The duty of ensuring that any trees on a property, or piece of land, are safe falls on the owner of the land in question. It is essential to ensure that the trees do not present any safety or health risk, if the land is open to the public. To make sure that some trees are safe, bracing may be necessary.
The prescribed method of collecting any accurate information on trees located on a piece of land is a tree survey. Details ranging from the age and species to the location and number of trees are among the data collected during tree surveys. The provisions laid out under BS 5837:2012 are followed if a pre-property development inspection is required for a potential construction site. A tree health survey can also capture other information relating to the health, damage, dimensions, and presence of infestation or disease of the trees under consideration.
A professional tree health survey follows the process described below.
Step 1: Pre-planning
To pick up on certain diseases and infestations, it is important to properly time the survey. No tree should be left out of the exercise, and the entire area must be covered. As such, some level of pre-planning is needed. To apportion a large area into manageable sections, four recognized methods can be used.
- Radius Survey Method – It is best to create a circular survey area covering a set radius, that will be extended bit by bit (by a few metres each time), when surveying large areas of tree cover.
- Complete Survey Method – This method involves covering every tree of a specific species under consideration, making it the most comprehensive survey type.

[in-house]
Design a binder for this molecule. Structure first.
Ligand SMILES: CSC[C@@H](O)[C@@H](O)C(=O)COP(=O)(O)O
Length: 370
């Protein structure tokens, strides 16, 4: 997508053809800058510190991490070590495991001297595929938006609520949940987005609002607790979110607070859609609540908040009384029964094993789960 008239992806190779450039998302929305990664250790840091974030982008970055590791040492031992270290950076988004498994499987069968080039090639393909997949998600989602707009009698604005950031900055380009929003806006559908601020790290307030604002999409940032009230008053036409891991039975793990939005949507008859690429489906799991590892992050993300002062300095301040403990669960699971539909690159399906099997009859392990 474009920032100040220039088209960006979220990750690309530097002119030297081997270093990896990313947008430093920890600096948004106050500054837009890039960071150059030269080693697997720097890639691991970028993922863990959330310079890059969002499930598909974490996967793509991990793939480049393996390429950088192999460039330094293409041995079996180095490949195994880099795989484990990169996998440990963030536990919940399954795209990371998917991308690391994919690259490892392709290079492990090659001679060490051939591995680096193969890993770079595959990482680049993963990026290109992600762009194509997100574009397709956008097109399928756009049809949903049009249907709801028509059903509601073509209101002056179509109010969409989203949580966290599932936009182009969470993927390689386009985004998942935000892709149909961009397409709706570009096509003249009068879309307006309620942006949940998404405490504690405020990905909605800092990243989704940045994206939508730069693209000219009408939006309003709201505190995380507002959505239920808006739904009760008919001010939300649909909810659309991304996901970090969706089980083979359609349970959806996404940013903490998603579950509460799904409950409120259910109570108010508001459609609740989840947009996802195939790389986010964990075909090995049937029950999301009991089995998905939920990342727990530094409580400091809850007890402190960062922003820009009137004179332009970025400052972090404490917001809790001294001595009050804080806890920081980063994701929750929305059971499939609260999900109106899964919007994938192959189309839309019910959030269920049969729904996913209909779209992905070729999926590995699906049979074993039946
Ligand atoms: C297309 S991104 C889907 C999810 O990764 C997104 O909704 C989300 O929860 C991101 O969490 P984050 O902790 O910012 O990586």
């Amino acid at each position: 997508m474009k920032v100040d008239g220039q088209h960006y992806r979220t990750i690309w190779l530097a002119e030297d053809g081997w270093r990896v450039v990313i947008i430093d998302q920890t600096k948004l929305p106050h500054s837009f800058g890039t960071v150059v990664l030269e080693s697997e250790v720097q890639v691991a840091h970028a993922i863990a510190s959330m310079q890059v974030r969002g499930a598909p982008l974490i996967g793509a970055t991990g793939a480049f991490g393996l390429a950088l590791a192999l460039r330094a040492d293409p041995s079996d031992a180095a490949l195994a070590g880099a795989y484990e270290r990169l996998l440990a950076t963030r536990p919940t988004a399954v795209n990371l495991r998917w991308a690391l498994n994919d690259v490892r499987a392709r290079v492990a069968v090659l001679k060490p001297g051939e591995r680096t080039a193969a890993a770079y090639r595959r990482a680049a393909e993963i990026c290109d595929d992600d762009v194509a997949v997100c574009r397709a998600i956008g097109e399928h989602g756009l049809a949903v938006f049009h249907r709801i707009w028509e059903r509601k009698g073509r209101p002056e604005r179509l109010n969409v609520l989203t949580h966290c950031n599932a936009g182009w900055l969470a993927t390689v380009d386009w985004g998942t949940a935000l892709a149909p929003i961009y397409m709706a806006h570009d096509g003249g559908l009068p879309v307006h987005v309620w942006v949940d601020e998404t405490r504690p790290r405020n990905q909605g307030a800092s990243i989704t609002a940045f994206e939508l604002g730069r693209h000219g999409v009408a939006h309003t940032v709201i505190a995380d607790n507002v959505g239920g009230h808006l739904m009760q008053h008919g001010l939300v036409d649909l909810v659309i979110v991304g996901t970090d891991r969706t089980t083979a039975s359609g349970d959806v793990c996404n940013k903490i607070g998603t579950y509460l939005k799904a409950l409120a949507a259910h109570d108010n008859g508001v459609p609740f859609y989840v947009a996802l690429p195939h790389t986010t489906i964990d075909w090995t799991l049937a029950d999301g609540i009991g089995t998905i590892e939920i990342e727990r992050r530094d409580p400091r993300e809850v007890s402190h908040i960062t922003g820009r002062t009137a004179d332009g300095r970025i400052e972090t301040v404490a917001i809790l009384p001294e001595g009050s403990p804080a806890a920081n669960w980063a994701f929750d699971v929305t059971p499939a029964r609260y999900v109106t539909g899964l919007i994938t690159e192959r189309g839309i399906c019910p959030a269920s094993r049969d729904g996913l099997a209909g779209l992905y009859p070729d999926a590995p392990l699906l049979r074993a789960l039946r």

- Quarter Point Transects Method – In this method you identify a diseased tree and then move in the four cardinal compass directions (north, south, east and west) marking down any other affected trees along the way.
- Line Transects Method – This approach uses a series of evenly spaced transect lines. You check the trees to your left and right as you move along each line.
You will do most of the survey work at ground level. You might need to use the necessary safety equipment in cases where you are required to conduct the survey work from an elevated position, like when you need to inspect the cavities and crowns of trees.
Tree Health Survey Process
You will need to document all the necessary details of each tree, identifying their location and species using tree tags, as you make your way through them. Depending on the type and extent of damage identified, each tree will be defined as poor, fair, or good. The following details will be required:
- Tree Species
- Coordinates of the tree’s location
- Life expectancy and current age of the tree
- Tree’s physical condition including notes on damaged branches and deadwood
- Crown spread and overall size of the tree
- Colour of leaves
- Canopy condition
- Root condition
- Ivy presence
- Fungus presence
- Impact Assessment Preparation
You will make a suggestion on the trees that require removal and the most appropriate ones to be used in replacing them using an AIA (Arboricultural Impact Assessment). You must follow British Standard 5837:2012 when conducting a Tree Constraints Plan and Arboricultural Survey. For readers in Kent, you may want to see ‘tree surveys Kent‘.
Any signs pointing towards a pest or disease infestation in the trees need to be documented in all reports. All parts of a tree can be seriously damaged by a pest infestation. The tree may end up dying or with a weakened structure. It goes without saying that a weakened tree poses a significant safety risk to the general public. Any hidden damage can be detected using sensors and tomographs.